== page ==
“If a tree falls but no one is there to see it, does it really fall?” This quote explains the very logic of history. Throughout the course of history, many significant occurrences have shaped our society to what it is today: free. William Bradford not only lived through a symbolic historical cornerstone of America, but wrote about it too.
William Bradford, the second governor of Plymouth colony elected, was accountable for the young colonys success through great hardships. The Pilgrims were signified as complete abdicates from the Church of England. The success of the Plymouth was based on covenantalism – the belief that men could form compacts or covenants in the sight of God as a basis for government without the consent of a higher authority. According to Bradfords expose, the Pilgrims:
shook off this yoke of antichristian bondage, and as theLord’s free people joined themselves (by a covenant of the Lord) into a church estate, in the fellowship of the gospel, to walk in all His ways made known, or to be made known unto them, according to their best endeavors, whatsoever it should cost them, the Lord assisting them. And that it cost them something this ensuing history will declare.
But after these things they could not long continue in any peaceable condition, but were hunted and persecuted on every side, so as their former afflictions were but as flea-bitings in comparison of these, which now came upon them. For some were taken and clapped up in prison, others had their houses beset and watched night and day, and hardly escaped their hands; and the most were fain to flee and leave their houses and habitations, and the means of their livelihood.
Yet these and many other sharper things which afterward befell them, were no other than they looked for, and therefore were the better prepared to bear them by the assistance of God’s grace and Spirit.
Yet seeing themselves thus molested, and that there was no hope of their continuance there, by a joint consent they resolved to go into the Low Countries, where they heard was freedom of religion for all men; they resolved to get over into Holland as they could. (W. Brad Home Page).
Once in Holland, the Pilgrims discovered that religious persecution was being diffused. They picked up once again on another brave journey in search for a land that was seemingly impossible to find: a land of religious freedom. They came to America on another perilous journey. Their perseverance and faith in God led them through.
Being thus arrived in a good harbor and brought safe to land, they fell upon their knees and blessed the God of heaven, who had brought them over the vast and furious ocean, and delivered them from all the perils and miseries thereof, again to set their feet on the firm and stable earth, their proper element.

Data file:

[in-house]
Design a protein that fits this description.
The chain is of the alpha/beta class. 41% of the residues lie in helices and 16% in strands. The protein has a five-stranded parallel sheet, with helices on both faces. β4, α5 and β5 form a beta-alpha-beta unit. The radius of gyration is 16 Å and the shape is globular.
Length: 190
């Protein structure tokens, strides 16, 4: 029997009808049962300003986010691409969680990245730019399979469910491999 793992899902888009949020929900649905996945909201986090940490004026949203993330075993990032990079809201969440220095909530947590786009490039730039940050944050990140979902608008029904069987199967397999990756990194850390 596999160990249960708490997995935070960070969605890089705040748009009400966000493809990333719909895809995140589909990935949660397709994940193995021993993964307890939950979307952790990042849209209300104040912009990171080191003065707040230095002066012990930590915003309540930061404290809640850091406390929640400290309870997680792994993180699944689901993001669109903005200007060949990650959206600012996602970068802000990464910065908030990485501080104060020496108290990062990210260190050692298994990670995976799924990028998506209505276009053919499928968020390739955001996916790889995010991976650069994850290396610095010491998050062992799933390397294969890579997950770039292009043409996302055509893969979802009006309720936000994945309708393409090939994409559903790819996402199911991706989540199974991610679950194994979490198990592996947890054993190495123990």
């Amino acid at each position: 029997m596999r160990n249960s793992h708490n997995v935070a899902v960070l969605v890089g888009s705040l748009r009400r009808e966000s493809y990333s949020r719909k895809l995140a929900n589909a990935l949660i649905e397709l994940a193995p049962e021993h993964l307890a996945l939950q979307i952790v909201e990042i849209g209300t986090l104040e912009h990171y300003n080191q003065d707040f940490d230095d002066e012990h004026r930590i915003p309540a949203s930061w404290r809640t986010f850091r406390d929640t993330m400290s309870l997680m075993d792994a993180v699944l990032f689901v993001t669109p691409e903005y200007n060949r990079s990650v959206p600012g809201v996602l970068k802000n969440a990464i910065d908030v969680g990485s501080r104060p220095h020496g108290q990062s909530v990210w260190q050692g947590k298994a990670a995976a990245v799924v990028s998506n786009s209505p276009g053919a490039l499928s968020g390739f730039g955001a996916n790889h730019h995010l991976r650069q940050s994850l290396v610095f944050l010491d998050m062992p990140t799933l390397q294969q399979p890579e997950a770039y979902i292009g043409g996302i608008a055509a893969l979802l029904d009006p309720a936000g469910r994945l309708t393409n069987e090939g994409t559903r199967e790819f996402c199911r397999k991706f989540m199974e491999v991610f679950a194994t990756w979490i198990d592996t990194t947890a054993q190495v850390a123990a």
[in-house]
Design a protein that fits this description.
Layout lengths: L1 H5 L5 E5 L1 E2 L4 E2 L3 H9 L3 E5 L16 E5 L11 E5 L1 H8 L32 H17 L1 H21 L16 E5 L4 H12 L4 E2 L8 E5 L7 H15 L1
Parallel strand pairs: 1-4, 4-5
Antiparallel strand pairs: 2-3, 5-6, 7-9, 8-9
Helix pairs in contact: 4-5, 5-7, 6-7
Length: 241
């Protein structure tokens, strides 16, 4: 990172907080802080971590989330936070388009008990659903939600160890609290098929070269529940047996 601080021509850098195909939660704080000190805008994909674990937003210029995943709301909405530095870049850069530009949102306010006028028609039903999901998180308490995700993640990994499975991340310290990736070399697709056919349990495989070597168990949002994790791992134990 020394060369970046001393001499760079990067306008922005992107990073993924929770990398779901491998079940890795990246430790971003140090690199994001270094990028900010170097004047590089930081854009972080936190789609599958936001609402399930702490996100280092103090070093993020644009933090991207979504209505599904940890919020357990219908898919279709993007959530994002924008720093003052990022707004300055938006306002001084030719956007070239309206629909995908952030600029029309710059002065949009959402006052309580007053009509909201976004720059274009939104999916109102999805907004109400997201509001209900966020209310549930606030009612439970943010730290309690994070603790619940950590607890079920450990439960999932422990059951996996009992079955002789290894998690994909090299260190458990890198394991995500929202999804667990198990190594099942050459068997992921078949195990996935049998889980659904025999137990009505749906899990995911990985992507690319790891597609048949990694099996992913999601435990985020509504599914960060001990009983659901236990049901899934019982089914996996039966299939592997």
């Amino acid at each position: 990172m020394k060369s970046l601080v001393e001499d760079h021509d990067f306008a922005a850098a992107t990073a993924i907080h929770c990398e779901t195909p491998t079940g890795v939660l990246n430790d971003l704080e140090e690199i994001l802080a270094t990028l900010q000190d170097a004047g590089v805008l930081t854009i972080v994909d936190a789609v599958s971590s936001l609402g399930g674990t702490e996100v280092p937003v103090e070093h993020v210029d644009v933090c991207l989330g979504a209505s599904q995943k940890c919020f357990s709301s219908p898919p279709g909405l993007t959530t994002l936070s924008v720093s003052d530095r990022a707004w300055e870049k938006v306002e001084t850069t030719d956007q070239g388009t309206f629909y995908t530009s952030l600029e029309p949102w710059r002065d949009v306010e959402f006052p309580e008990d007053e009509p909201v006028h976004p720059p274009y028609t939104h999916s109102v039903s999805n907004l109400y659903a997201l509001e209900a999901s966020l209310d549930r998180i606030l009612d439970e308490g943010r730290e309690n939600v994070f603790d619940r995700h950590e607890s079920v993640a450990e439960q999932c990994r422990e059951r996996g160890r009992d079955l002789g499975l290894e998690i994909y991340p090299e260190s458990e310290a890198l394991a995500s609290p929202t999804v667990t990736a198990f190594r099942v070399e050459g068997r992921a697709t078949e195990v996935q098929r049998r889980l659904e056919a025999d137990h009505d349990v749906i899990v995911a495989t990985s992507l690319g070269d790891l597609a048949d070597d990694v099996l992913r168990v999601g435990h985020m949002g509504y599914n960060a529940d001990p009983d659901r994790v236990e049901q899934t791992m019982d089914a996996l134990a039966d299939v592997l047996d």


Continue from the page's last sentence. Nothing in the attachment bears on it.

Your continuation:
William Bradford wrote Of Plymouth Plantation, recording the history of the Plymouth Colony, and the calamities that led up to their leaving England for Holland, and later to New England. He also recorded some of the important letters he wrote and received in a letter-book, which still partially exists. William Bradfords letter-book was despoiled during the Revolutionary War, and was later discovered in Nova Scotia in the 1790s, ironically, being used as wrapping paper in a smelly fish market. What was left of the book was saved and later on used as a source of first hand information of the Pilgrims and daily life. Also in his books he interprets the Mayflower Compact, an important document which was a rough base of their ultimate goal- freedom. Although initially the purpose of the Mayflower Compact was to “control renegades aboard the Mayflower who were threatening to go their own way when the ship reached land,” the Mayflower Compact succeeded in keeping the Pilgrims united as one.
The Mayflower Compact endorsed the right of everyone, who signed a share in the making and administering of laws and the right of the majority to rule. It was the beginning of a constitution of pure democracy.
Although William Bradford died in 1657, having been governor of the Plymouth Colony for almost the entire period since 1621, the success of the Pilgrims and his writings will live on in American history for years to come.
Cotton Mather in his Magnalia Christi Americana wrote that William Bradford:
was a Person for Study as well as Action; and hence, notwithstanding the Difficulties through which he passed in his Youth, he attained unto a notable Skill in Languages; the Dutch Tongue was become almost as Vernacular to him as the English; the French Tongue he could also manage; the Latin and the Greek he had Mastered; but the Hebrew he most of all studied, Because, he said, he would see with his own Eyes the Ancient Oracles of God in their Native Beauty.